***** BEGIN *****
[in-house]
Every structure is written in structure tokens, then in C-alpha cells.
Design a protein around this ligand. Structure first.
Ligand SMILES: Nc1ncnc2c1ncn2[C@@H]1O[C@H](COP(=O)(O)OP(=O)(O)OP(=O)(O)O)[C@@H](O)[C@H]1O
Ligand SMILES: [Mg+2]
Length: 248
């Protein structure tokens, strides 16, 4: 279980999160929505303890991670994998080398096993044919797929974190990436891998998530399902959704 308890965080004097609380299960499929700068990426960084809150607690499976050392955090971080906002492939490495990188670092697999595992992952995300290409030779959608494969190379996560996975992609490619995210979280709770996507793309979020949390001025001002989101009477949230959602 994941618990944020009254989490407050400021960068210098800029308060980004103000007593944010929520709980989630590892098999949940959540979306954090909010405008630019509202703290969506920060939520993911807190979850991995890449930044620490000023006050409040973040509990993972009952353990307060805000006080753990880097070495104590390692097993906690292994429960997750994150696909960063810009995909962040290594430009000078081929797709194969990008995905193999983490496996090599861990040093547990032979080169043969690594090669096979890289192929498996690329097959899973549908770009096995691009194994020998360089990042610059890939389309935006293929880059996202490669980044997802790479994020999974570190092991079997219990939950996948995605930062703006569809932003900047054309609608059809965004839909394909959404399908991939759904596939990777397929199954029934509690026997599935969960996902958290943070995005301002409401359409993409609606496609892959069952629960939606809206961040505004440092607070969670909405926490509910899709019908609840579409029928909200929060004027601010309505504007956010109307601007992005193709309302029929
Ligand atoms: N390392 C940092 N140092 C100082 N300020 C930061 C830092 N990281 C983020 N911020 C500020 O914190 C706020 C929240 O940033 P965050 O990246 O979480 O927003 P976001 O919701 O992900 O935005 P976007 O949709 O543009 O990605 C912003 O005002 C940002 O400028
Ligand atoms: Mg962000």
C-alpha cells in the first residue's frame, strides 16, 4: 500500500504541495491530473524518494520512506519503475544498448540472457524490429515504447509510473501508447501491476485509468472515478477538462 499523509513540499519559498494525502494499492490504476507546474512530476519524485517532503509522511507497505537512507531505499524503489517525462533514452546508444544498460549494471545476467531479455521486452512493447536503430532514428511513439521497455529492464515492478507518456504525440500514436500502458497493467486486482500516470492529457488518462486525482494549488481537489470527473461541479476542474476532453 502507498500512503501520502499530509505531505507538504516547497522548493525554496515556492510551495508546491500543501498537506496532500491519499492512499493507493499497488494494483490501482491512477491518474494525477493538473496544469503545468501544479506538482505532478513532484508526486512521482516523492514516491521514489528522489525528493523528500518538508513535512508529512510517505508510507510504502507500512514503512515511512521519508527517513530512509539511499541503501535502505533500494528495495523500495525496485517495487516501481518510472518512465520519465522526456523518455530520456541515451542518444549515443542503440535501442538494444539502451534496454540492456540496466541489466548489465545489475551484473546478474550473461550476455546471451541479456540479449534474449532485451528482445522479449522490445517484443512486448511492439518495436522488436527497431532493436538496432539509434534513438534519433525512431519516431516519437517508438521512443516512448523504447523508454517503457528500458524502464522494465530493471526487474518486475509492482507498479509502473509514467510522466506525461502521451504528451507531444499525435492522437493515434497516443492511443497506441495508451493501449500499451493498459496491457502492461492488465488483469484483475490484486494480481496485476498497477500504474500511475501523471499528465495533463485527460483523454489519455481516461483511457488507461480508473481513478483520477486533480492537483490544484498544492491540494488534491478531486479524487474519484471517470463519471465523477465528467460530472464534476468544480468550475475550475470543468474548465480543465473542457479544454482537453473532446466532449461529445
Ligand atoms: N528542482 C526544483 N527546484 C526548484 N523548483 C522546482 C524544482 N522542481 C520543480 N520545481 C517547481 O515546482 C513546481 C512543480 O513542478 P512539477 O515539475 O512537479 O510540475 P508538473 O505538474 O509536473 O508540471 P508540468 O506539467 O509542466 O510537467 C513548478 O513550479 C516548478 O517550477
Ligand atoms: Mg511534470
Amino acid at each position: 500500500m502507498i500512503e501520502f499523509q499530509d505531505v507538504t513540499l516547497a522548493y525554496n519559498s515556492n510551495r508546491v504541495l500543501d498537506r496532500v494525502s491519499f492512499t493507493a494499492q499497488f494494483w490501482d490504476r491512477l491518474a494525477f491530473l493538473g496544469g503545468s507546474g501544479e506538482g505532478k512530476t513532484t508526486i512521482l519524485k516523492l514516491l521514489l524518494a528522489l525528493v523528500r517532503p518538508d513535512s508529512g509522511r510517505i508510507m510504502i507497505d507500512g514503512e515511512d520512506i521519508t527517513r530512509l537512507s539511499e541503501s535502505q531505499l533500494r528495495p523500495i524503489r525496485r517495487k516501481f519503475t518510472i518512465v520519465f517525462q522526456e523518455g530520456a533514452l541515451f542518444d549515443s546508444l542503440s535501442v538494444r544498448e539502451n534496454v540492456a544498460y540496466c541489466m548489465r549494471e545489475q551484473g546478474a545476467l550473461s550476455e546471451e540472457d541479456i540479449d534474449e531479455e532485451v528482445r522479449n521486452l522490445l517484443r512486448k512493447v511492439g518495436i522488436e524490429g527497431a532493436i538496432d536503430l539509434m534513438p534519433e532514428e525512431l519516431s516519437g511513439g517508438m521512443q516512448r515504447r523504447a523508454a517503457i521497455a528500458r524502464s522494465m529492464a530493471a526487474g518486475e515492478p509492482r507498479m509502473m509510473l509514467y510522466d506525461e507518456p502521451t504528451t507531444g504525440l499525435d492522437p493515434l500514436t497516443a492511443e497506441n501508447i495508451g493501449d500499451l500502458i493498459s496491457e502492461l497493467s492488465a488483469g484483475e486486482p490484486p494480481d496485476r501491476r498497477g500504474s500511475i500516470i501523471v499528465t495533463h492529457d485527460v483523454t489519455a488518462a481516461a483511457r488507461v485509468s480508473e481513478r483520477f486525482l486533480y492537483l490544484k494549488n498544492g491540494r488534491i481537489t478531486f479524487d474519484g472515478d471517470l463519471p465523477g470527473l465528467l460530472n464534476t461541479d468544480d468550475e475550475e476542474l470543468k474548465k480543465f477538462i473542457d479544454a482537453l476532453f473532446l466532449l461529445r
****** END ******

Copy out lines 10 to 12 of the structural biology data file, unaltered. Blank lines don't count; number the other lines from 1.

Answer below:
C-alpha cells in the first residue's frame, strides 16, 4: 500500500504541495491530473524518494520512506519503475544498448540472457524490429515504447509510473501508447501491476485509468472515478477538462 499523509513540499519559498494525502494499492490504476507546474512530476519524485517532503509522511507497505537512507531505499524503489517525462533514452546508444544498460549494471545476467531479455521486452512493447536503430532514428511513439521497455529492464515492478507518456504525440500514436500502458497493467486486482500516470492529457488518462486525482494549488481537489470527473461541479476542474476532453 502507498500512503501520502499530509505531505507538504516547497522548493525554496515556492510551495508546491500543501498537506496532500491519499492512499493507493499497488494494483490501482491512477491518474494525477493538473496544469503545468501544479506538482505532478513532484508526486512521482516523492514516491521514489528522489525528493523528500518538508513535512508529512510517505508510507510504502507500512514503512515511512521519508527517513530512509539511499541503501535502505533500494528495495523500495525496485517495487516501481518510472518512465520519465522526456523518455530520456541515451542518444549515443542503440535501442538494444539502451534496454540492456540496466541489466548489465545489475551484473546478474550473461550476455546471451541479456540479449534474449532485451528482445522479449522490445517484443512486448511492439518495436522488436527497431532493436538496432539509434534513438534519433525512431519516431516519437517508438521512443516512448523504447523508454517503457528500458524502464522494465530493471526487474518486475509492482507498479509502473509514467510522466506525461502521451504528451507531444499525435492522437493515434497516443492511443497506441495508451493501449500499451493498459496491457502492461492488465488483469484483475490484486494480481496485476498497477500504474500511475501523471499528465495533463485527460483523454489519455481516461483511457488507461480508473481513478483520477486533480492537483490544484498544492491540494488534491478531486479524487474519484471517470463519471465523477465528467460530472464534476468544480468550475475550475470543468474548465480543465473542457479544454482537453473532446466532449461529445
Ligand atoms: N528542482 C526544483 N527546484 C526548484 N523548483 C522546482 C524544482 N522542481 C520543480 N520545481 C517547481 O515546482 C513546481 C512543480 O513542478 P512539477 O515539475 O512537479 O510540475 P508538473 O505538474 O509536473 O508540471 P508540468 O506539467 O509542466 O510537467 C513548478 O513550479 C516548478 O517550477
Ligand atoms: Mg511534470